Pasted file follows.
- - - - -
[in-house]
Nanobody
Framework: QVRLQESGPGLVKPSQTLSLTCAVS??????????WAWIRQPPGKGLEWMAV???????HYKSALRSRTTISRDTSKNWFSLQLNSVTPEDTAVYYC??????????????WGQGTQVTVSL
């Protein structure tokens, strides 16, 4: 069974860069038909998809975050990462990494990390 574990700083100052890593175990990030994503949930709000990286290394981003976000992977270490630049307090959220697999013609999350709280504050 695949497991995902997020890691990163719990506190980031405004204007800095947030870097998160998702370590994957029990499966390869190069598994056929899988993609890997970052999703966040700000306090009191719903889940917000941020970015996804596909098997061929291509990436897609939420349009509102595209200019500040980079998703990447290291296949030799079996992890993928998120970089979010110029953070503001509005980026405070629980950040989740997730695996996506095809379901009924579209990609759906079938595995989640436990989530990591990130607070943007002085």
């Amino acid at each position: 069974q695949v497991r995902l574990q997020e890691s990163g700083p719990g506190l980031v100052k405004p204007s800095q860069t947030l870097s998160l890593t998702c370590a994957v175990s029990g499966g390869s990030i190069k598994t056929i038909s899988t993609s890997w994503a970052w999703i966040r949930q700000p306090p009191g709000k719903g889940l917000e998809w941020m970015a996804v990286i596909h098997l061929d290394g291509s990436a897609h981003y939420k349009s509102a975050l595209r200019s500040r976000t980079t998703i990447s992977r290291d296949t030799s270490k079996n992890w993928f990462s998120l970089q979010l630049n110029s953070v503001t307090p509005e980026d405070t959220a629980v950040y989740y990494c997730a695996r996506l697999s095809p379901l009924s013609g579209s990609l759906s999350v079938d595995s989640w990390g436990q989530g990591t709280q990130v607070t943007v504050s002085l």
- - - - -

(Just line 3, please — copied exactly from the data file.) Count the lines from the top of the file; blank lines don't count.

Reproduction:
Framework: QVRLQESGPGLVKPSQTLSLTCAVS??????????WAWIRQPPGKGLEWMAV???????HYKSALRSRTTISRDTSKNWFSLQLNSVTPEDTAVYYC??????????????WGQGTQVTVSL